Ioannis Pallikaris, MD, PhD, of the University of Crete in Rethymno, Greece, leans in the opposite direction from Dr. Lindstrom. In any instance in which an A-IOL moves enough to alter the eye's refractive power, this should be called pseudoaccommodation—not accommodation, Dr. Pallikaris says.9
Even if an A-IOL appears to be accommodating, aberrometry might tell a different story, Dr. Pallikaris' group reported at the 2010 ESCRS meeting in Paris. The group built refractive difference maps (distance versus near targets) for eyes with two types of A-IOLs plus a control eye from a prepresbyopic emmetrope. Data were collected using the iTrace aberrometer (Tracey Technologies), said Dimitra M. Portaliou, MD, the paper's co-author.
The researchers found big differences in the patterns of refractive change, with the results of the A-IOLs not resembling each other or the control eye, she said.
2. Pseudophakic accommodation
Despite the "pseudo-" prefix, pseudophakic accommodation is not the same thing as pseudoaccommodation. The term, "pseudophakic accommodation," distinguishes between the natural accommodation of the crystalline lens and the accommodative movement of an IOL's optic in response to Edinger-Westphal signaling and the subsequent ciliary muscle/zonule responses.
Credit Depth of Field
If the position of a single-optic accommodating IOL shifts anteriorly along the visual axis, it adds refractive power to the eye and enhances near vision. This anterior shift of the principal plane of the lens is also part of natural accommodation, as is pupillar miosis, which increases depth of focus, Dr. Lindstrom said.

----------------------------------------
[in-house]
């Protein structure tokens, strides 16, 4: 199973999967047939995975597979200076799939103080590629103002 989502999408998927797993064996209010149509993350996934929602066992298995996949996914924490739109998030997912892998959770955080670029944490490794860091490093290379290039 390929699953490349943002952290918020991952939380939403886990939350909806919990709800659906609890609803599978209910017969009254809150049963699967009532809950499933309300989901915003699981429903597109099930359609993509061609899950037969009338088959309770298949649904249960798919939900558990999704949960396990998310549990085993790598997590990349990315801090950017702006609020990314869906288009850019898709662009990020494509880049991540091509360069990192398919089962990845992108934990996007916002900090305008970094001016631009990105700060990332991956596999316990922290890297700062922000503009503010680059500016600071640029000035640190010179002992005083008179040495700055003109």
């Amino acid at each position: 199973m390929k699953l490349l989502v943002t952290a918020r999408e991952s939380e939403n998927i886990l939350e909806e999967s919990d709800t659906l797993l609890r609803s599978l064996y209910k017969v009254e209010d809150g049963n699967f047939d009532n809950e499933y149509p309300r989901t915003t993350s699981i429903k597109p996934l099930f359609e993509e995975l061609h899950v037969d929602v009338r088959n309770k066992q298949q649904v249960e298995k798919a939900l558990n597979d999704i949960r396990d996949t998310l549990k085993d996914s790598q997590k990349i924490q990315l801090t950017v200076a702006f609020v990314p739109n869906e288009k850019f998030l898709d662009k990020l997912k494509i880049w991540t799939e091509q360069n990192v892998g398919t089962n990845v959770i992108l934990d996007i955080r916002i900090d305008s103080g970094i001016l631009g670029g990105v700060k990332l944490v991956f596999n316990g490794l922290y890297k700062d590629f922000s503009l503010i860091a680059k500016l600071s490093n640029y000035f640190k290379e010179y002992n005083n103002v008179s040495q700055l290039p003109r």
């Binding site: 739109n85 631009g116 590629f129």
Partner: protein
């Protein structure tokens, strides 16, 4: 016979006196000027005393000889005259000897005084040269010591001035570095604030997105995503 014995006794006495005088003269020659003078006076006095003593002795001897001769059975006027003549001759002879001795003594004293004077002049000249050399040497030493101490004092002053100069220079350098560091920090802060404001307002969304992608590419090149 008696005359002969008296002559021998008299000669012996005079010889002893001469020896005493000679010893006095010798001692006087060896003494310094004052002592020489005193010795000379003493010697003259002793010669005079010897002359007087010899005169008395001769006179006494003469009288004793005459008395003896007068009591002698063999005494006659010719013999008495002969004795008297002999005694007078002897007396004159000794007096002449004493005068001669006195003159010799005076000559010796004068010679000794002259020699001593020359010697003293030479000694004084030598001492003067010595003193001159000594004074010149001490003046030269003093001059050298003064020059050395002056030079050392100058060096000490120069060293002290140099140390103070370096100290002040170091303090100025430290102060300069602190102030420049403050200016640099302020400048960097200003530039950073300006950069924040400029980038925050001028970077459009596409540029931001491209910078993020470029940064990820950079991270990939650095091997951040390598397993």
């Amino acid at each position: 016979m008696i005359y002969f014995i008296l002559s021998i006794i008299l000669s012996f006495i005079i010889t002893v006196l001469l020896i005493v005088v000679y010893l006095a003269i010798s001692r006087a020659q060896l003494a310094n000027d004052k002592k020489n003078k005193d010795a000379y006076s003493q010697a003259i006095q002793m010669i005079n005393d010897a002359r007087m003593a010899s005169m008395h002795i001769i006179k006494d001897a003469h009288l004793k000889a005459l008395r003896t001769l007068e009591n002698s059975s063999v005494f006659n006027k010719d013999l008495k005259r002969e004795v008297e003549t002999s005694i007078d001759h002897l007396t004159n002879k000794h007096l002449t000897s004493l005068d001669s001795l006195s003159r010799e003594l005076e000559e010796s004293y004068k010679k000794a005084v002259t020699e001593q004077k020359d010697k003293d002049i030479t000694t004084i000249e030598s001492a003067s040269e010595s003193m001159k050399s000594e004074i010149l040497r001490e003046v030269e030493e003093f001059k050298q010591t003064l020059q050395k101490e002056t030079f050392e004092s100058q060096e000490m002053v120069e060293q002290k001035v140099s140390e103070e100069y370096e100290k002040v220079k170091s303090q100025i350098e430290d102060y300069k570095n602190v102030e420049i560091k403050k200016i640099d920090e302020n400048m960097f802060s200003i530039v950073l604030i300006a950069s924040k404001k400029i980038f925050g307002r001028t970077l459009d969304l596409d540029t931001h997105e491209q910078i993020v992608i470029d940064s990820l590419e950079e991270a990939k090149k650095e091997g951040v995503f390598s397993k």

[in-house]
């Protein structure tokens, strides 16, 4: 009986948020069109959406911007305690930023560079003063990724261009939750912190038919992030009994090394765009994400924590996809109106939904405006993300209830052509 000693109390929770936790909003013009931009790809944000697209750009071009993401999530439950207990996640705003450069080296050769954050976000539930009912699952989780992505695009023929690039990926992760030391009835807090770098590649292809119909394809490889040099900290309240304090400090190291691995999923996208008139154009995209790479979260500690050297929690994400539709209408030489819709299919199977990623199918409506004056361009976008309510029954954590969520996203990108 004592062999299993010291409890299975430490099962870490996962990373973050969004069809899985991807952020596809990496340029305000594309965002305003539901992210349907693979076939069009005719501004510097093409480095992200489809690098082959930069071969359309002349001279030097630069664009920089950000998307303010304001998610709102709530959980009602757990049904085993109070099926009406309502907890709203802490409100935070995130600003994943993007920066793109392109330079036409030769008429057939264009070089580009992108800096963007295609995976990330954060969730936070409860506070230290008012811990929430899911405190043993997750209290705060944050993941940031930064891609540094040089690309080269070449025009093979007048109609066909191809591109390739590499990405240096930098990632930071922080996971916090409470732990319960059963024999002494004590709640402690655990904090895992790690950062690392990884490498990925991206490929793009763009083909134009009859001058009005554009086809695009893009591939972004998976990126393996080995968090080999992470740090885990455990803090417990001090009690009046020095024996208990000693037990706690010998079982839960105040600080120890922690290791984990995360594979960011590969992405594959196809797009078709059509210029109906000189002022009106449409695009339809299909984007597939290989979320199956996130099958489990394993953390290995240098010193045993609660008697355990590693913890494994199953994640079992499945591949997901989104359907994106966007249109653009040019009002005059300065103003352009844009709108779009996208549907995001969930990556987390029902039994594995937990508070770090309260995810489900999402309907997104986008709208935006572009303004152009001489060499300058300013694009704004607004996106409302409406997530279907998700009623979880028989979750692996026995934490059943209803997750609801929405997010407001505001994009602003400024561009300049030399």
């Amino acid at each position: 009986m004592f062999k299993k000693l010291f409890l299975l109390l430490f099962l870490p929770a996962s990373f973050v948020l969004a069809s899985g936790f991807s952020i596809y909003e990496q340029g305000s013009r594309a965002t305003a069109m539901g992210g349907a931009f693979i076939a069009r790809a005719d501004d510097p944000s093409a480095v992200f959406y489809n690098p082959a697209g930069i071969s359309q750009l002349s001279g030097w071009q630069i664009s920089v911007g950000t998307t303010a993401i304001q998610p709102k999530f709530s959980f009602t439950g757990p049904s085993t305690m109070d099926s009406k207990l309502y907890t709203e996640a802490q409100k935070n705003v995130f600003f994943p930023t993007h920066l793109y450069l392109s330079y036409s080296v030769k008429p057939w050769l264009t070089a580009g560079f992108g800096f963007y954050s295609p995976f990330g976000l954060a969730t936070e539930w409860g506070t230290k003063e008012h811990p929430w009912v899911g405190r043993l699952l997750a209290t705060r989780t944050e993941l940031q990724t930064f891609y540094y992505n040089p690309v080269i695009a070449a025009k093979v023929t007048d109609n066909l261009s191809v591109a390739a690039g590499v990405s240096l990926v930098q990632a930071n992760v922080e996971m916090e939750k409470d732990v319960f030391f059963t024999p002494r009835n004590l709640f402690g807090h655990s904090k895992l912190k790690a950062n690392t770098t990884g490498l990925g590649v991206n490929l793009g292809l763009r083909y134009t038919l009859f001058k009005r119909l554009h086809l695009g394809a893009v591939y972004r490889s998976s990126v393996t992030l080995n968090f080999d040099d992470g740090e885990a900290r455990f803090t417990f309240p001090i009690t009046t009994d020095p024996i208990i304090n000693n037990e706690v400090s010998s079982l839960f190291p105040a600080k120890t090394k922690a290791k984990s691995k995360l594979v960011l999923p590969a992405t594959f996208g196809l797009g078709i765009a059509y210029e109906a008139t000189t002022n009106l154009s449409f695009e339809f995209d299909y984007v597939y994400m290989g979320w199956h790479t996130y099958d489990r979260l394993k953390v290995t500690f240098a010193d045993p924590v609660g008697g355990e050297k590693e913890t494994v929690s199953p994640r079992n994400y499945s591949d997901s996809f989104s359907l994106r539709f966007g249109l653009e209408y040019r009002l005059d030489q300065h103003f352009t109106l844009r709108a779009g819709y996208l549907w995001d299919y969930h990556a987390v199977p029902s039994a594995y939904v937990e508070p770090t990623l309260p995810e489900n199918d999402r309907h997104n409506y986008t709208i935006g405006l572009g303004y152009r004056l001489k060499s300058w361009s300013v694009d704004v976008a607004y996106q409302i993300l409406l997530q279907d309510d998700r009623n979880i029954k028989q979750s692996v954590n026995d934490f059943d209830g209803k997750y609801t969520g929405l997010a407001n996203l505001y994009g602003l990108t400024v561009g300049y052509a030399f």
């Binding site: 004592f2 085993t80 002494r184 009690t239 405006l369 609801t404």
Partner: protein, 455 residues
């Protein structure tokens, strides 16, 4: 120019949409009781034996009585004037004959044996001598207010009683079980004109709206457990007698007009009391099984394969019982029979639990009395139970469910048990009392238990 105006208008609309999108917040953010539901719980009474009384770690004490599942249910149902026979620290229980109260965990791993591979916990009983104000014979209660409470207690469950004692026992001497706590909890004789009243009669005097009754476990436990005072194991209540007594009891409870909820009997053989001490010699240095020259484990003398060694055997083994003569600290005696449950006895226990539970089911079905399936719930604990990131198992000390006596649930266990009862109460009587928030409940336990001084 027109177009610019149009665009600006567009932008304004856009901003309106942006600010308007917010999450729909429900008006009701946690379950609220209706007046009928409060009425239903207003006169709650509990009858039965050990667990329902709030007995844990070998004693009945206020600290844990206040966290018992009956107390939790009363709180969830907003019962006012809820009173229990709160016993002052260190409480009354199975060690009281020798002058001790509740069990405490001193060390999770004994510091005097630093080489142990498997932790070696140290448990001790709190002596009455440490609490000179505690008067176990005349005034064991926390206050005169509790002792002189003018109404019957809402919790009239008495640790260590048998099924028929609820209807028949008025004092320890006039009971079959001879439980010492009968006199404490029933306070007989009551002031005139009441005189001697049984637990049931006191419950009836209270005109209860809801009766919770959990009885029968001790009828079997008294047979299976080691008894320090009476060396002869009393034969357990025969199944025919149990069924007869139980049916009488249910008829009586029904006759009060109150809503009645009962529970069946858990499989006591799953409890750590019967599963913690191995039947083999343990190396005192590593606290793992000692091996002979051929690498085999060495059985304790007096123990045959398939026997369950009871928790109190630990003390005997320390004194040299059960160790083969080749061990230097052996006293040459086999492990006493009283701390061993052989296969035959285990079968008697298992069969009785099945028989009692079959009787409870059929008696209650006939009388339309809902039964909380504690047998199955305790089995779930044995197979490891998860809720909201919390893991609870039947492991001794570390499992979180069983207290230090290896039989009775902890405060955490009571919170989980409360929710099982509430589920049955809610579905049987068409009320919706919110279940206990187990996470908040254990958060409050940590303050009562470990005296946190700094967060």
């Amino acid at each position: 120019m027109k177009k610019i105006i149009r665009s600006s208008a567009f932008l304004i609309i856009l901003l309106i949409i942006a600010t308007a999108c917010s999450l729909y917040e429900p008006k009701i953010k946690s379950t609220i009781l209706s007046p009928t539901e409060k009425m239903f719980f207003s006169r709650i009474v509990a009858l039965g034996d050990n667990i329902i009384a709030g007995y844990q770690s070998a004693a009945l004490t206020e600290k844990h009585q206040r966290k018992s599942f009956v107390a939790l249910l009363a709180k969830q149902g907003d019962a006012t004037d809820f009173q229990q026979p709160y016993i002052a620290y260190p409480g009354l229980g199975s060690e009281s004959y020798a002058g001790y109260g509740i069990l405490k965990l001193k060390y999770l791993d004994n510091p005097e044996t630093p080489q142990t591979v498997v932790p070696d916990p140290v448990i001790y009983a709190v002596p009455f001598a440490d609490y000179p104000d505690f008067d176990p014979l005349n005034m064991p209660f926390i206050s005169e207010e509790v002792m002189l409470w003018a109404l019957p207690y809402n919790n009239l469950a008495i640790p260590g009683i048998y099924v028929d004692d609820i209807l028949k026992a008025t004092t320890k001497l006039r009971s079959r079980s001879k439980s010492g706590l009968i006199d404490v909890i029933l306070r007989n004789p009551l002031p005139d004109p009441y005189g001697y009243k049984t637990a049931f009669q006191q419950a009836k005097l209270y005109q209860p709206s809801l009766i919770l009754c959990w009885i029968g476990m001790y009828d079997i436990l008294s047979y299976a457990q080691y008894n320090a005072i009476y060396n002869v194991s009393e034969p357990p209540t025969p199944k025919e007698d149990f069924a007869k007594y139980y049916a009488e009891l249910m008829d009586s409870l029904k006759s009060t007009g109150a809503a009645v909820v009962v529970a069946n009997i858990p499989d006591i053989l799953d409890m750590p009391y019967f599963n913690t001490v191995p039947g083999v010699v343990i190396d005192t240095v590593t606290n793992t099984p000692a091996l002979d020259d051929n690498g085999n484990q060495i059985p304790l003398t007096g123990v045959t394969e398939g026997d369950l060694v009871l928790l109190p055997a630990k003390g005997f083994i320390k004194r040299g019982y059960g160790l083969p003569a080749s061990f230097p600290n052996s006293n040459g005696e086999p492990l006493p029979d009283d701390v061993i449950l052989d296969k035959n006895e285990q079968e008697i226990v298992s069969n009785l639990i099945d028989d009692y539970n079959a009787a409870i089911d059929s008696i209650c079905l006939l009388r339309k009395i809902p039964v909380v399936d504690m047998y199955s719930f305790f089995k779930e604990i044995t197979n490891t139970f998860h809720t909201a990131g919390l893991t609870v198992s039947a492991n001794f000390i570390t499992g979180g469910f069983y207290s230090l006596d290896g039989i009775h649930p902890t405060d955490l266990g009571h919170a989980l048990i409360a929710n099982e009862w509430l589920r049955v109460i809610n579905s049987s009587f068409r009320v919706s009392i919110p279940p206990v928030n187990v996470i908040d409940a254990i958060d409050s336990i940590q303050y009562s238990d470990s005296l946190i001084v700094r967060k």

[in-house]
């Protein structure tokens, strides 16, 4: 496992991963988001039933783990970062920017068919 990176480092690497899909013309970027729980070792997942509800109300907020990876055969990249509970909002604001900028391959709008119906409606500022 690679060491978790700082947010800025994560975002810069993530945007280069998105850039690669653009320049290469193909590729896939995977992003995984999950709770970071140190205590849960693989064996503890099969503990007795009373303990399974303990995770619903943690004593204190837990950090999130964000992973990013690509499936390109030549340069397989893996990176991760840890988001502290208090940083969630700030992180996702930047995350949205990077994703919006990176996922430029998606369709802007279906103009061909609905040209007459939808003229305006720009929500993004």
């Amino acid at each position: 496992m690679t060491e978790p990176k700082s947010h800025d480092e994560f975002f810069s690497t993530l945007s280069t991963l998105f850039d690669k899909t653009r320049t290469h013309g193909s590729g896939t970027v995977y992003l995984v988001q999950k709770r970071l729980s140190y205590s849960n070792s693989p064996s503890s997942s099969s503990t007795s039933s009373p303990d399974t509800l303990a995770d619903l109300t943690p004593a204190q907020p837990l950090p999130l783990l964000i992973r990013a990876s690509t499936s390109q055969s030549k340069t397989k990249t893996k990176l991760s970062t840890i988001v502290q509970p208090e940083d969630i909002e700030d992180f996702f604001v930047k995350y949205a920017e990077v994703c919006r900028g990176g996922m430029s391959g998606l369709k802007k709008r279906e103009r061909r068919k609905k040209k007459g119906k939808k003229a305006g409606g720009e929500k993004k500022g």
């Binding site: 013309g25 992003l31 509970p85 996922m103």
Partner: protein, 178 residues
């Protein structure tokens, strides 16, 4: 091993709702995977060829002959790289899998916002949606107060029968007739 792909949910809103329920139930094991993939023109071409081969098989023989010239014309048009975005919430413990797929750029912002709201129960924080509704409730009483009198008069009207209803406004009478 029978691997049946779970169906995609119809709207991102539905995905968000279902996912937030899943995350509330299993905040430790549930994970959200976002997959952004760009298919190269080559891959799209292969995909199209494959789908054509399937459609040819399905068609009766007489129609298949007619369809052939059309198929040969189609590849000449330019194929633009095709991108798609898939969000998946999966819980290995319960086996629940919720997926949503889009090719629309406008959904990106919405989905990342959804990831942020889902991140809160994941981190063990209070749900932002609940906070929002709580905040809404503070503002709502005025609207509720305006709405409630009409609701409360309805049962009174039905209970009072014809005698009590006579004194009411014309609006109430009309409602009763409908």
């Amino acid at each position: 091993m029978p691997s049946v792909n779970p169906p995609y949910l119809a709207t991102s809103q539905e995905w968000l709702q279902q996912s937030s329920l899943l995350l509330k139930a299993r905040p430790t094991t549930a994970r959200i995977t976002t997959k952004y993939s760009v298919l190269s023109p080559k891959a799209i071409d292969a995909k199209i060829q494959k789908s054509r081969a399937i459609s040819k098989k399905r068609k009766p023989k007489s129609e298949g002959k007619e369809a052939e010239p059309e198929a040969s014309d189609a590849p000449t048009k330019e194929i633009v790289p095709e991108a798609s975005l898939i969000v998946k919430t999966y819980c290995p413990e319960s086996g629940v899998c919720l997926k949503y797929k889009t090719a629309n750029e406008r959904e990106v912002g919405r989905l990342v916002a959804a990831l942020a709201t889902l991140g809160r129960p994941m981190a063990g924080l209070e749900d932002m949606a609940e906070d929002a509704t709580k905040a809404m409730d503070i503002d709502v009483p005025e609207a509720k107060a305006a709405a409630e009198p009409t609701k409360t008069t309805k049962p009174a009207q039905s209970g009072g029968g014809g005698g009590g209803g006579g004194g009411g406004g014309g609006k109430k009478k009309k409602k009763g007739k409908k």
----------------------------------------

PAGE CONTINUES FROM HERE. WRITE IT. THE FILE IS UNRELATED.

"A lot of purists think that you have accommodation only if there is a change in the shape of the lens, whether natural or artificial," he said. "But I personally believe that if other things happen to the IOL?including anterior shift, arching, tilting, the separation of two optics as in the Synchrony IOL, two optics displacing across one another as in the AkkoLens, an increase in refractive index electronically driven as in the Elenza lens, or even pupillary miosis or the creation of an artificial small-diameter aperture in response to near stimulus?then I would still consider that accommodation. The key point is that it is an active and transient improvement in near vision stimulated by the brain."
Dr. Beiko is one of the purists. And he is quite skeptical about pseudophakic accommodation with any IOL.
This is the predominant term defining A-IOLs and also the one that is most likely to cause confusion.
Dr. Glasser's definition is straightforward and widely accepted. It says: